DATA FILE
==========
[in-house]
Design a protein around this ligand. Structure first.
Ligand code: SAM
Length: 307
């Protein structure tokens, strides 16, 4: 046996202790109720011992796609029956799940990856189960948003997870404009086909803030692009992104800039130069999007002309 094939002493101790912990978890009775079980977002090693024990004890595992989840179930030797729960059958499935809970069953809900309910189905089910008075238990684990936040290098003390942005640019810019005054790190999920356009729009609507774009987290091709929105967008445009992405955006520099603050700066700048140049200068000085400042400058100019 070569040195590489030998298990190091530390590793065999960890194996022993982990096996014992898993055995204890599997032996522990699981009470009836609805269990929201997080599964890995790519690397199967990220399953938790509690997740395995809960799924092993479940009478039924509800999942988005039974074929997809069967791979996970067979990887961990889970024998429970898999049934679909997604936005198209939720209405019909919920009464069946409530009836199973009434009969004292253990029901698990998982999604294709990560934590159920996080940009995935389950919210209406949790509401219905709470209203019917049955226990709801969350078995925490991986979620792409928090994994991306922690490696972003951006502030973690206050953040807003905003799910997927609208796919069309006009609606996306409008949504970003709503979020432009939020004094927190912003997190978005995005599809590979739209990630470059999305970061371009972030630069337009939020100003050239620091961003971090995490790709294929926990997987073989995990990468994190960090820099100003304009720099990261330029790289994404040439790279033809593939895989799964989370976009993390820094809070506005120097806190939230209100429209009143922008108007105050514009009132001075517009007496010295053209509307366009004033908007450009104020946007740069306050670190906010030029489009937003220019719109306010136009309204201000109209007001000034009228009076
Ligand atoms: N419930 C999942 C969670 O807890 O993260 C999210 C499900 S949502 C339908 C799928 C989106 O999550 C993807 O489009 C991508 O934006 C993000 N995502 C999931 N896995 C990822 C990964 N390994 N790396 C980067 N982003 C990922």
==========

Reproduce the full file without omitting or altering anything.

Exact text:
[in-house]
Design a protein around this ligand. Structure first.
Ligand code: SAM
Length: 307
């Protein structure tokens, strides 16, 4: 046996202790109720011992796609029956799940990856189960948003997870404009086909803030692009992104800039130069999007002309 094939002493101790912990978890009775079980977002090693024990004890595992989840179930030797729960059958499935809970069953809900309910189905089910008075238990684990936040290098003390942005640019810019005054790190999920356009729009609507774009987290091709929105967008445009992405955006520099603050700066700048140049200068000085400042400058100019 070569040195590489030998298990190091530390590793065999960890194996022993982990096996014992898993055995204890599997032996522990699981009470009836609805269990929201997080599964890995790519690397199967990220399953938790509690997740395995809960799924092993479940009478039924509800999942988005039974074929997809069967791979996970067979990887961990889970024998429970898999049934679909997604936005198209939720209405019909919920009464069946409530009836199973009434009969004292253990029901698990998982999604294709990560934590159920996080940009995935389950919210209406949790509401219905709470209203019917049955226990709801969350078995925490991986979620792409928090994994991306922690490696972003951006502030973690206050953040807003905003799910997927609208796919069309006009609606996306409008949504970003709503979020432009939020004094927190912003997190978005995005599809590979739209990630470059999305970061371009972030630069337009939020100003050239620091961003971090995490790709294929926990997987073989995990990468994190960090820099100003304009720099990261330029790289994404040439790279033809593939895989799964989370976009993390820094809070506005120097806190939230209100429209009143922008108007105050514009009132001075517009007496010295053209509307366009004033908007450009104020946007740069306050670190906010030029489009937003220019719109306010136009309204201000109209007001000034009228009076
Ligand atoms: N419930 C999942 C969670 O807890 O993260 C999210 C499900 S949502 C339908 C799928 C989106 O999550 C993807 O489009 C991508 O934006 C993000 N995502 C999931 N896995 C990822 C990964 N390994 N790396 C980067 N982003 C990922």